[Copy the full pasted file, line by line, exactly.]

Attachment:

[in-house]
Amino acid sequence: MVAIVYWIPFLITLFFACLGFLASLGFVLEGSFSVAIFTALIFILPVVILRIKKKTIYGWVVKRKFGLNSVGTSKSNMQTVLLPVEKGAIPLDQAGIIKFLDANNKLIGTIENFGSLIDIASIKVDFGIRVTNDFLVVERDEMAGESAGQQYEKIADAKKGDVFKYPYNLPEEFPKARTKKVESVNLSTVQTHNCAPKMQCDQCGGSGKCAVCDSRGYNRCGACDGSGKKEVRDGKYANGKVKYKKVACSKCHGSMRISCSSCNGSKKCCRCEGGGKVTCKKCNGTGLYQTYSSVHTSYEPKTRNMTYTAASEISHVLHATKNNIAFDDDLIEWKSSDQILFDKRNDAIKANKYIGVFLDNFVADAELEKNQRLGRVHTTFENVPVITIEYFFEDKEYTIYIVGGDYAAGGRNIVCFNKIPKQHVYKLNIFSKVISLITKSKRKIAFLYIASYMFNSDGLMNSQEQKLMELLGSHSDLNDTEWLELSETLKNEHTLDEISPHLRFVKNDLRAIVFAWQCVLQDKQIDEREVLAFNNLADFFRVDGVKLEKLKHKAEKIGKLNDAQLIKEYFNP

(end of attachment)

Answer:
[in-house]
Amino acid sequence: MVAIVYWIPFLITLFFACLGFLASLGFVLEGSFSVAIFTALIFILPVVILRIKKKTIYGWVVKRKFGLNSVGTSKSNMQTVLLPVEKGAIPLDQAGIIKFLDANNKLIGTIENFGSLIDIASIKVDFGIRVTNDFLVVERDEMAGESAGQQYEKIADAKKGDVFKYPYNLPEEFPKARTKKVESVNLSTVQTHNCAPKMQCDQCGGSGKCAVCDSRGYNRCGACDGSGKKEVRDGKYANGKVKYKKVACSKCHGSMRISCSSCNGSKKCCRCEGGGKVTCKKCNGTGLYQTYSSVHTSYEPKTRNMTYTAASEISHVLHATKNNIAFDDDLIEWKSSDQILFDKRNDAIKANKYIGVFLDNFVADAELEKNQRLGRVHTTFENVPVITIEYFFEDKEYTIYIVGGDYAAGGRNIVCFNKIPKQHVYKLNIFSKVISLITKSKRKIAFLYIASYMFNSDGLMNSQEQKLMELLGSHSDLNDTEWLELSETLKNEHTLDEISPHLRFVKNDLRAIVFAWQCVLQDKQIDEREVLAFNNLADFFRVDGVKLEKLKHKAEKIGKLNDAQLIKEYFNP